Canadians generally split on current provincial distribution of House seats
By DAVID COLETTO | Dec. 12, 2011
OTTAWA—Parliamentary or democratic reform is not always the sexiest or salient topic debated in Parliament, but it can certainly have important and lasting consequences for Canadian democracy. One only has to look at the impact of the election finance reforms introduced by the Jean Chrétien government and passed by Parliament in 2003 as evidence to their importance.
In October, the Harper government introduced legislation to add 30 new seats to the House of Commons with 15 added in Ontario, six in British Columbia and Alberta, and three in Quebec. In response, the Liberal caucus proposed an alternative plan that would keep the number of seats the same but redistribute more evening according to the population distribution.
In early December, Abacus Data asked a representative sample of Canadians their thoughts on the current seat distribution of the House of Commons and the Harper government’s legislation.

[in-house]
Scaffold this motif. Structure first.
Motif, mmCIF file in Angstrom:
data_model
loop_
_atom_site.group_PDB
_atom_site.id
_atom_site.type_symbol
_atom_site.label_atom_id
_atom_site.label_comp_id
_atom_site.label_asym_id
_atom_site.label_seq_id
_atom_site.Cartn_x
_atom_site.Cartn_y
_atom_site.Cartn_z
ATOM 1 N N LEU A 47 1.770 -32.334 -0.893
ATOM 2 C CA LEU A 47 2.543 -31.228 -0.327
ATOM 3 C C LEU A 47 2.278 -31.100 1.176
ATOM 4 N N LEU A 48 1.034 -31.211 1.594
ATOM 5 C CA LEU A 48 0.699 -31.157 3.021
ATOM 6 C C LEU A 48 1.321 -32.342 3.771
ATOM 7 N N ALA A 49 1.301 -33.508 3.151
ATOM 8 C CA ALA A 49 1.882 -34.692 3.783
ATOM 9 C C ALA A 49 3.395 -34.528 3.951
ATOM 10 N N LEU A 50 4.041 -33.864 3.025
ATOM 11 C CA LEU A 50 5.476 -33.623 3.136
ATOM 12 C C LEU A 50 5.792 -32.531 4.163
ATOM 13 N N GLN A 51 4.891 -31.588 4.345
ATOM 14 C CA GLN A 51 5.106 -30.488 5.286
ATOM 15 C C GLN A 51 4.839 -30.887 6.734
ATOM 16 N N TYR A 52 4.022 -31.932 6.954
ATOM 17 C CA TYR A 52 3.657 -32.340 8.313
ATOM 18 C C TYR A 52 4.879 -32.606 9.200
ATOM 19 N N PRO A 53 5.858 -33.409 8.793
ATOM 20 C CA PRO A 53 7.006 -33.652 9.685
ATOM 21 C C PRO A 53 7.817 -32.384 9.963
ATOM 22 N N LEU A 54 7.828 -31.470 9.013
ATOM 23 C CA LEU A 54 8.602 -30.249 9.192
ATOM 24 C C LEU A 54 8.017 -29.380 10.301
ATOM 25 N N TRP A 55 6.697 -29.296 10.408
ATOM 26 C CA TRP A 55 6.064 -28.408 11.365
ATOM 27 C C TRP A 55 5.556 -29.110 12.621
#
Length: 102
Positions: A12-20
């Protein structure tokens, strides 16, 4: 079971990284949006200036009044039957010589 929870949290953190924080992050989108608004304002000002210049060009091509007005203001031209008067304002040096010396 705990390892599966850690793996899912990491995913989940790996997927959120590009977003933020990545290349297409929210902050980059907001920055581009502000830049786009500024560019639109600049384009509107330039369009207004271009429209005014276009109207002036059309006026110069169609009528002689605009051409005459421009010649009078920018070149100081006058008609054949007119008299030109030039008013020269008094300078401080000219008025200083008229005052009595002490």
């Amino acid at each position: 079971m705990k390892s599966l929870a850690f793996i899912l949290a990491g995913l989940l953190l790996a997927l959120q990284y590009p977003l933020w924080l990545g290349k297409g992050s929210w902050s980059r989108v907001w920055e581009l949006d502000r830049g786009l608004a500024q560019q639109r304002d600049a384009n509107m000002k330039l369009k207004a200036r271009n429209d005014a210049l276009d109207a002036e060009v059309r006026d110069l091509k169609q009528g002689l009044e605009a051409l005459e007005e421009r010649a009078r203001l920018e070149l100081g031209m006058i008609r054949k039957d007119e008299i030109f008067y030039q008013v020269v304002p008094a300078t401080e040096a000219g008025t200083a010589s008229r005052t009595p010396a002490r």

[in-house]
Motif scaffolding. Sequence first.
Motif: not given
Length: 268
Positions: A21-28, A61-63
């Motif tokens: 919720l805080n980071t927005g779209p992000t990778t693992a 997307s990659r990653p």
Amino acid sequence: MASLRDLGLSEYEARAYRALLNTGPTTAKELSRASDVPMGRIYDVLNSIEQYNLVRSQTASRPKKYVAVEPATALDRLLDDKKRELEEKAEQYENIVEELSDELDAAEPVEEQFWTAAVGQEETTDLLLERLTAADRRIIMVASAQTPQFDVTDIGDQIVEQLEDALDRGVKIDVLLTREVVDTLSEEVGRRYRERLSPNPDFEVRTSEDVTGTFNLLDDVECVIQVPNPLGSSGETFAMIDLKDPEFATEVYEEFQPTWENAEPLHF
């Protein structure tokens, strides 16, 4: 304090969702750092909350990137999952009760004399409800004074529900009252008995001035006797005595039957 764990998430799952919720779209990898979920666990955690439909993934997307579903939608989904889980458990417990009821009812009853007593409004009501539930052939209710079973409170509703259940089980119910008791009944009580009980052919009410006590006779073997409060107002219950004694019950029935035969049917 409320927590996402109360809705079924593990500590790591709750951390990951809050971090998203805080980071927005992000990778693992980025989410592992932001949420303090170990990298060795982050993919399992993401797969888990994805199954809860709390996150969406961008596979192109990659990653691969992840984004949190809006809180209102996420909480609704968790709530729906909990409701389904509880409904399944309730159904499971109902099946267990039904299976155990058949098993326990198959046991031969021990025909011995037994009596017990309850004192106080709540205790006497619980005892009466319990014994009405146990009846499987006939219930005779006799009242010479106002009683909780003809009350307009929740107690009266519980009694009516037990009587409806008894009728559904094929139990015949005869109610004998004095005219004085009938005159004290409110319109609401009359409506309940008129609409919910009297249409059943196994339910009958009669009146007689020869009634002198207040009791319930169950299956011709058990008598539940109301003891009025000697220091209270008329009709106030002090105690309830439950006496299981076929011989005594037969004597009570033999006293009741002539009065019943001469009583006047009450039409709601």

The survey interviewed 1,004 Canadians over the age of 18 between Dec. 2 and Dec. 4, 2011, and displayed the distribution of seats by province before and after the legislation as well as the current distribution of population.
Here is what we found:
1. Canadians are generally split on whether the current provincial distribution of seats in the House of Commons is fair or unfair. Thirty-five per cent of respondents said they believed the distribution was fair while 37 per cent believed it was unfair. The remaining 28 per cent were unsure. Reaction to the current arrangement in the House of Commons was strongly related to province or region of residence. Atlantic Canadians, Quebecers, and Ontarians were the most likely to consider the current distribution fair while Albertans, British Columbians, and residents of Manitoba and Saskatchewan were the most likely to believe the current arrangement is unfair. Interestingly, there was no significant partisan difference on the issue of fairness in the current House of Commons.